I moved from programming Java in Eclipse to programming Scala in Eclipse. I didn’t need any convincing that Scala was a surperior language than Java, but the fact that Scala tools were years behind Java tools smacked me in the face. ScalaIDE, the Eclipse plugin for Scala, would have unexpected bugs (right clicking browse to source works, but F3 doesn’t), unimplemented features (can’t watch variables), and huge performance issues. An Eclipse plugin should never grind Eclipse to a halt and issue
OutOfMemoryExceptions on a 4 core 32 GB machine (admittedly it was a 32-bit OS). The plugin has improved greatly in the past months, but it still causes many headaches. Besides, Eclipse doesn’t work over ssh.
First, you will need syntax highlighting in vim. To set this up, go to this GitHub repository. You will to download three of the files and put them in <code>$HOME/.vim/</code>
~/.vim/ftdetect/scala.vim (detect scala files)
~/.vim/syntax/scala.vim (syntax highlighting)
Now when you start vim, you should have syntax highlighting (although you might need to add
:syntax on to your
While syntax highlighting is a must, it alone probably won’t pull you away from a full-featured IDE. However, with continuous compilation using the Fast Scala Compiler (fsc), one can code effectively in Scala using
It’s helpful to have two panes so you can see the output of the compiler while you are editing the code. I like doing this in a
screen has the added benefit that, if you are using an ssh terminal, you can disconnect and reconnect without losing your place.
screen has the downside that now you are able to have windows inside
screen, and (maybe) inside your window manager. The fact that each (necessarily) has a separate key to jump between windows can be frustrating (note: vim may allow terminals in buffers at some time).
screen also does not do a great job of managing multiple windows, and it overrides
Regardlesss, start up
screen. To create a split window, hit
CTRL+S SHIFT+S (control S followed by shift S). Next, switch down to the new pane with
CTRL+A TAB and create a new screen window with
CTRL+A C. You can move between these two panes with
CTRL+A TAB, as before.
Before you do jump back up to the top pane, however, you might as well start continuous compilation in the lower pane. If you are using maven, start
mvn scala:cc and if you are using sbt, start
sbt ~compile. Now switch back to your code pane, open a file with
vim, make an edit, save your changes, and watch!
If you were to make a mistake and save, you get fast feedback.
As a side note, if you are not interested in real time compilation but would rather compile with the built-in make command (
:make) you can set your compiler to maven and use this maven compiler plugin for vim. You may even find this helpful in addition, because when you compile with
:make, you can jump to the errors with QuickFix.
By this point we have syntax highlighting and real-time feedback from the compiler. This is great, but you’ll probably still miss a few key IDE features. For one, it’s hard to jump between files.
Vim has a few commands that can help you switch between files.
find will search for exact matches and open them in the editor. You can use wildcards and search recursively.
Or, if you are more comfortable doing so, you can edit the results of an external command.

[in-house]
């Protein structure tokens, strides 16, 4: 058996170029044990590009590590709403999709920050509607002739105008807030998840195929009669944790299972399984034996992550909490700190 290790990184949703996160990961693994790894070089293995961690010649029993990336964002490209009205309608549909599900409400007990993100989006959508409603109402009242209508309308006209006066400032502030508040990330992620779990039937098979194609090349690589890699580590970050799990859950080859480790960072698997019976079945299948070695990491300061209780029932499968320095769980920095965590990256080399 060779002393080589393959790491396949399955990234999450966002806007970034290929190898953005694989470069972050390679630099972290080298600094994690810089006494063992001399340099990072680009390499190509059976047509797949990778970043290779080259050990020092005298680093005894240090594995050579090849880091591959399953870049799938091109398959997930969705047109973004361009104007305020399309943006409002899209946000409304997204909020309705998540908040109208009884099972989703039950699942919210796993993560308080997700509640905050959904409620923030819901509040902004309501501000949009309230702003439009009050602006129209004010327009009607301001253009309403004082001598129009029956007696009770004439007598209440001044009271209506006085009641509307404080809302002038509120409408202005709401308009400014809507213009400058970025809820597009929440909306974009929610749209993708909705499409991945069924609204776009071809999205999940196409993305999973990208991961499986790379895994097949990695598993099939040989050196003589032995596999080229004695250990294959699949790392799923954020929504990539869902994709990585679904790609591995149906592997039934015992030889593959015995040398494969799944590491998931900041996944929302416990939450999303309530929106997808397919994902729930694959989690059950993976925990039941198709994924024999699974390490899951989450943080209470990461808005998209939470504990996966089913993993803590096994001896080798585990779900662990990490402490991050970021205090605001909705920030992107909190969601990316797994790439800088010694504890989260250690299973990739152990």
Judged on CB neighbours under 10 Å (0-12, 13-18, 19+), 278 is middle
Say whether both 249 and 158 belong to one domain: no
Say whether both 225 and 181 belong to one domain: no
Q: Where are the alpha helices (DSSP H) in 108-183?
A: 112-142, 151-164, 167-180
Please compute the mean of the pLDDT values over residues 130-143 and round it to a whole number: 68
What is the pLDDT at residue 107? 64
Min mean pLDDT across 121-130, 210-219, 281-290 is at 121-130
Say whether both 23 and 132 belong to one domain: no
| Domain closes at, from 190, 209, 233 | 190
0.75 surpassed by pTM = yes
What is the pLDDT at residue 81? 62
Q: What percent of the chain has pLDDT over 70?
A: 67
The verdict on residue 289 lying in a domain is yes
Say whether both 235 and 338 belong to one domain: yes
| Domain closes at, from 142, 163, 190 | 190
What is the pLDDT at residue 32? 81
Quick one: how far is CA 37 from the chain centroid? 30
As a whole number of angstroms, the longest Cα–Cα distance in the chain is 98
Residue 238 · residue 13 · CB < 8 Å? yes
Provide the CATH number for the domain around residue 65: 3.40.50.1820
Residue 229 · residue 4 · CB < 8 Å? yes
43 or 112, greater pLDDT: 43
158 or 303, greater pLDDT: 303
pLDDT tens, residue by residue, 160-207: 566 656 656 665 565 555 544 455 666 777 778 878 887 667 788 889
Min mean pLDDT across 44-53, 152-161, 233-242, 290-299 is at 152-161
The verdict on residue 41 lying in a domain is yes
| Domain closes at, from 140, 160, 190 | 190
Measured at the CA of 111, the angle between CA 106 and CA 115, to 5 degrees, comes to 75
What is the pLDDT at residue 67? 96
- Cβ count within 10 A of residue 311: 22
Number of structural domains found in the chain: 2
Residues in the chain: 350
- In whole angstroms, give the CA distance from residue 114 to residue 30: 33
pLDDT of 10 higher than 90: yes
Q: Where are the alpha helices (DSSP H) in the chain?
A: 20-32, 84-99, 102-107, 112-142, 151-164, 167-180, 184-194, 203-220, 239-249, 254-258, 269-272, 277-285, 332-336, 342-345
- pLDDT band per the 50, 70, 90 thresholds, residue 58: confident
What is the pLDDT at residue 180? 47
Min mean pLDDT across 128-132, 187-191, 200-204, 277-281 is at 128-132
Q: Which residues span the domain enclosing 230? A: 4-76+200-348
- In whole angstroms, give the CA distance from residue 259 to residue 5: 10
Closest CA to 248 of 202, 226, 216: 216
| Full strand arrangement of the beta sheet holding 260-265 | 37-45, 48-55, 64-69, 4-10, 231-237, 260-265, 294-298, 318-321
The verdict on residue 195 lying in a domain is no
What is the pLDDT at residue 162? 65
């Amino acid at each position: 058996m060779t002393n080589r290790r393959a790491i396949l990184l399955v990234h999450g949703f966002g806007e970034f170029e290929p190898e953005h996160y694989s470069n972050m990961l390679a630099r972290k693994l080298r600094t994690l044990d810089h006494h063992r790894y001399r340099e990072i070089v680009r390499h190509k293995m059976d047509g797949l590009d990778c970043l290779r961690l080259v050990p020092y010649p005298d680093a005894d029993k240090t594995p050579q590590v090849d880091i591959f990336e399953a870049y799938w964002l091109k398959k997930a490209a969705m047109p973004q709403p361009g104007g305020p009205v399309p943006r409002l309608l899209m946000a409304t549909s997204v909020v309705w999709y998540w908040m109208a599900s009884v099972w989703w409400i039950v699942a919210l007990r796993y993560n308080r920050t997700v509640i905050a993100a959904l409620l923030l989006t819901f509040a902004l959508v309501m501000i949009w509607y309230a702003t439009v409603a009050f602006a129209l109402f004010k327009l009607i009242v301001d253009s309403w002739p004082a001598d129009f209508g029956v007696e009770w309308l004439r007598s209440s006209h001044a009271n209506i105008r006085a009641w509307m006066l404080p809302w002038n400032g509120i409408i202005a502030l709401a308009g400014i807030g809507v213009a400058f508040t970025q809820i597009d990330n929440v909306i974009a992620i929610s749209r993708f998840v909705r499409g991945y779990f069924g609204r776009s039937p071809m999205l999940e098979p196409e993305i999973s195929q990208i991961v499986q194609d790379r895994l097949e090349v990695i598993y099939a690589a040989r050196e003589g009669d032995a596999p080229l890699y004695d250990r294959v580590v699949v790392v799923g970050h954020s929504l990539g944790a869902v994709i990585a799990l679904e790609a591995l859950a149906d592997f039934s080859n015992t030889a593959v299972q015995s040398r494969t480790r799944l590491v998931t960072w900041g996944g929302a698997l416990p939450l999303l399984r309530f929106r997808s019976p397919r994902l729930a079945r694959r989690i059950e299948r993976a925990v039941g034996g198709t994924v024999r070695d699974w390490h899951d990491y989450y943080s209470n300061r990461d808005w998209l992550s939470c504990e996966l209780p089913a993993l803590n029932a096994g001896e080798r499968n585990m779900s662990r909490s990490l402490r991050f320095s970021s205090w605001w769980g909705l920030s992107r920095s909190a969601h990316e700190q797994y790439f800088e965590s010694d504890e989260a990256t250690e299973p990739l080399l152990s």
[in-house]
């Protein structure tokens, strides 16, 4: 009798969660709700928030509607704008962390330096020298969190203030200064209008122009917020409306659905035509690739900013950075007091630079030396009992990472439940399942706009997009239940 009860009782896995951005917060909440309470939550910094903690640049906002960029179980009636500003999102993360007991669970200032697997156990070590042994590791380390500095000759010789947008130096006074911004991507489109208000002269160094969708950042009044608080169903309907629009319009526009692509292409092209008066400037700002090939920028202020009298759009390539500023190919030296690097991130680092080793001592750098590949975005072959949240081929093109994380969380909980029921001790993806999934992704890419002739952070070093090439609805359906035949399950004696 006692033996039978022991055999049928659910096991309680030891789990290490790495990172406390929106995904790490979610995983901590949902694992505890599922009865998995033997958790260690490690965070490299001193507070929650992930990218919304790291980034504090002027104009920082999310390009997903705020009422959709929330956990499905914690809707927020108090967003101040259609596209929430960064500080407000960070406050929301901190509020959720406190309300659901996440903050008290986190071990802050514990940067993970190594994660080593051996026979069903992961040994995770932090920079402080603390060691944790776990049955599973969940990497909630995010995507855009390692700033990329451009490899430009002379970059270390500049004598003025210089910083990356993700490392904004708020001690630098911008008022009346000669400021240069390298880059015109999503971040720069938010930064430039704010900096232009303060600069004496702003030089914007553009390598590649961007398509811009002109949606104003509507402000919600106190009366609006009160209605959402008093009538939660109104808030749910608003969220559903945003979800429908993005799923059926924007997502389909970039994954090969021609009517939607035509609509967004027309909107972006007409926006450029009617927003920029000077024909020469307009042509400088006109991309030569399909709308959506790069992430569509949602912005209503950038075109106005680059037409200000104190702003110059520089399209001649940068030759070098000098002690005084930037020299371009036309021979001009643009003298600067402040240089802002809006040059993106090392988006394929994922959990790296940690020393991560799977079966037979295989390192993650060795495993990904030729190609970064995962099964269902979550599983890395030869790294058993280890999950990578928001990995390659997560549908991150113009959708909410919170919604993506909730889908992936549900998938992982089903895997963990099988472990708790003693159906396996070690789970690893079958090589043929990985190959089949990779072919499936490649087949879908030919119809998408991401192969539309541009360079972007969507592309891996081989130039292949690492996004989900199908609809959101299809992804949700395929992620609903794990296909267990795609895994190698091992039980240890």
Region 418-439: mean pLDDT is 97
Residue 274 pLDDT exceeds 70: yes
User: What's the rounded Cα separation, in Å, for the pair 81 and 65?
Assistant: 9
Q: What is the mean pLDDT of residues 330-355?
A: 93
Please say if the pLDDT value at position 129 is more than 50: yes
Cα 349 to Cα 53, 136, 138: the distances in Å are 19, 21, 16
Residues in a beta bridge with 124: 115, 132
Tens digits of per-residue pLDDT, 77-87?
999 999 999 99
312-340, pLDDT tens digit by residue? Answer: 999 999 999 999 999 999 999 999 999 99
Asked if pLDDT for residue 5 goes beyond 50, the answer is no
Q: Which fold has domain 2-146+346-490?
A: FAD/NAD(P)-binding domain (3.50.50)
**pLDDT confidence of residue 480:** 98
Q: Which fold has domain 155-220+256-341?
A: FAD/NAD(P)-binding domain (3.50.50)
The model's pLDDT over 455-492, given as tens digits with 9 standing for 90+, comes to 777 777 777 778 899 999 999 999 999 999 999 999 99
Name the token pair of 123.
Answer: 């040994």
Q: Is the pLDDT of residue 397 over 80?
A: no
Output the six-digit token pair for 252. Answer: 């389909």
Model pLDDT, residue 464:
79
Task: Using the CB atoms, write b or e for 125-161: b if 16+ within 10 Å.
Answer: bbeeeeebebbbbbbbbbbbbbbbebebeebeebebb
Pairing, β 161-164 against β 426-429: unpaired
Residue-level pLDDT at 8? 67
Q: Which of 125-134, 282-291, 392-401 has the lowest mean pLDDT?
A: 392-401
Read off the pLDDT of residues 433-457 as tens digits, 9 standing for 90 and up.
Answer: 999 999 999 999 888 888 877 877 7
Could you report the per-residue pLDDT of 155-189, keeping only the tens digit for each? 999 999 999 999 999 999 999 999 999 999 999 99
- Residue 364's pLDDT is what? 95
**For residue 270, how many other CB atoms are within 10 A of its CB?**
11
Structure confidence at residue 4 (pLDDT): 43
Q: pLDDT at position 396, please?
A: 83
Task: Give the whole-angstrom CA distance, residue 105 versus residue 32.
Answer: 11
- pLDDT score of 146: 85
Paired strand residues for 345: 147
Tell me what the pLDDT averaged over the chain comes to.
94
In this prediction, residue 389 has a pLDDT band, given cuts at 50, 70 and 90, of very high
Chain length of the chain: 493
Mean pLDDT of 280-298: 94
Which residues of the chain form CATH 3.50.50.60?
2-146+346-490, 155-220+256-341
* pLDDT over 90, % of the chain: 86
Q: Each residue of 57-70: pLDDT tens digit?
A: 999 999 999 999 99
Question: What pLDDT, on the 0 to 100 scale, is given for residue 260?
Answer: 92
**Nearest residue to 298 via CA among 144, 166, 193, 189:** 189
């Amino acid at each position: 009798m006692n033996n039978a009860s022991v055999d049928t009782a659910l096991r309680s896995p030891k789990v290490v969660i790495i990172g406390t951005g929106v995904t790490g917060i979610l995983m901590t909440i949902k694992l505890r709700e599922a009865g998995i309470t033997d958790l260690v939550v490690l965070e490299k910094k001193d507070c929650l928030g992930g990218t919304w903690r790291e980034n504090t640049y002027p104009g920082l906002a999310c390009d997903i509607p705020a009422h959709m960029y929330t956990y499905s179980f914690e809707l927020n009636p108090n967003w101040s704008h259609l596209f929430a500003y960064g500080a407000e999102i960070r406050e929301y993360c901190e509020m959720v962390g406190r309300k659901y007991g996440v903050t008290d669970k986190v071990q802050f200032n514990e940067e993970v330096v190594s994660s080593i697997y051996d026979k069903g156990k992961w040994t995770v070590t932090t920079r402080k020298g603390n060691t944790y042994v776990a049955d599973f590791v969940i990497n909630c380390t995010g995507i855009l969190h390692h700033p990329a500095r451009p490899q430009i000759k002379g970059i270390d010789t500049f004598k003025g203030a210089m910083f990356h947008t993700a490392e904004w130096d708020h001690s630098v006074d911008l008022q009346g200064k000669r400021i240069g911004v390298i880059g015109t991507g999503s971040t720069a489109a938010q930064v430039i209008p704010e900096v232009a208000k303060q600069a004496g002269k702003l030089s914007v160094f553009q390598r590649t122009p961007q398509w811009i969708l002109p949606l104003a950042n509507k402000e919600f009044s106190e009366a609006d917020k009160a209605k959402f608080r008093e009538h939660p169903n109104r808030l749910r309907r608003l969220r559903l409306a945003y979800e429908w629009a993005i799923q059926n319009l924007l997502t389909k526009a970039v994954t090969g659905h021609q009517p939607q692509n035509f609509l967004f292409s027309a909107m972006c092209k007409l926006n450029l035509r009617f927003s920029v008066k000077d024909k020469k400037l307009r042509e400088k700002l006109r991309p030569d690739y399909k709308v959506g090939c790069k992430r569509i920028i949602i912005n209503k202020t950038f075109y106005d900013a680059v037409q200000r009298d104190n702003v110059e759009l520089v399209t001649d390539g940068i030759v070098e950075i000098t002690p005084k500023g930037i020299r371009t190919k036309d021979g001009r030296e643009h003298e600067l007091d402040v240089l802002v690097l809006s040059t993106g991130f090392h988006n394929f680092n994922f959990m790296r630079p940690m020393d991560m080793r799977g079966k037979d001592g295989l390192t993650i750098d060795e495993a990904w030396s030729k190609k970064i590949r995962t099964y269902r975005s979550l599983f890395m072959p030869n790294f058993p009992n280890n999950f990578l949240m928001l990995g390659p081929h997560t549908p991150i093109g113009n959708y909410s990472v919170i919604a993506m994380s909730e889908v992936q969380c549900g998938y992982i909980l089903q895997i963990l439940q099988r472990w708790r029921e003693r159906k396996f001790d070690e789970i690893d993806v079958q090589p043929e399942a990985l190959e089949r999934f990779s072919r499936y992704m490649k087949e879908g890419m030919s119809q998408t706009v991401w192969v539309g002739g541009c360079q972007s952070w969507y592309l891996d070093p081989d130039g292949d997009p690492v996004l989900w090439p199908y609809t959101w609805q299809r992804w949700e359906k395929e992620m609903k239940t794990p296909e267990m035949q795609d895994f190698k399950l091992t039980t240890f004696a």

:e `find -name Hello*scala`
Vim also supports
:grep(external grep) and
:vimgrep(internal grep) command. The latter supports a lot of vim features (for example, you can navigate through multiple results by opening the quicklist window :copen), but is slower because each file is loaded into vim. This vim tip contains more information on finding files using vim commands.
While useful, I find these tools rather limited. I prefer the Command-T plugin, which adds excellent search functionality. From any vim project, you can hit
<LEADER>+T (the leader key is ‘\’ by default) and then type to interactively find a file. While not worlds different than the built-in commands, I find Command-T much more effective and easier to use.
If you are looking for more control when jumping between files, you can add navigation to definitions using exuberant ctags. The
ctags project was created to support this functionality in vi with C. exuberant ctags has replaced the original with the ability to extend to many languages.
First, you will download the following gist to
$HOME/.ctags in order to support scala.
You can generate ctags for scala (and any other supported language, which include Java by default) by running
ctags -R. If you want to create tags for dependencies, the following command will unpack all the available sources for dependencies in
mvn dependency:unpack-dependencies -Dclassifier=sources -Dmdep.failOnMissingClassifierArtifact=false
You could generate tags once globally for each project, but I find it easier to create tags on a per-project basis. You may still want to have a seperate ctags file for OpenJDK sources. In this case, you can have a secondary tags file.
Vim has excellent support for ctags. First, you can set the tag file by adding the following to your vimrc (looks for tags file in the directory of the open file, then the tags file in the current directory).
You can chain more tags files if you have more than one.
For a taste, I’ll introduce a few common commands. Jump to a tag inside vim using
:ta TagName. Or better yet, jump to the tag under the cursor with
CTRL+]. You can return to where you were with
CTRL+T. To learn more about using ctags in vim, read
:h ctagsor this vim wiki.
If you want, check out my vimrc.
Enjoy your vim IDE! Happy vimming!
Some more useful tools.
- scalariform. Code formatting for scala.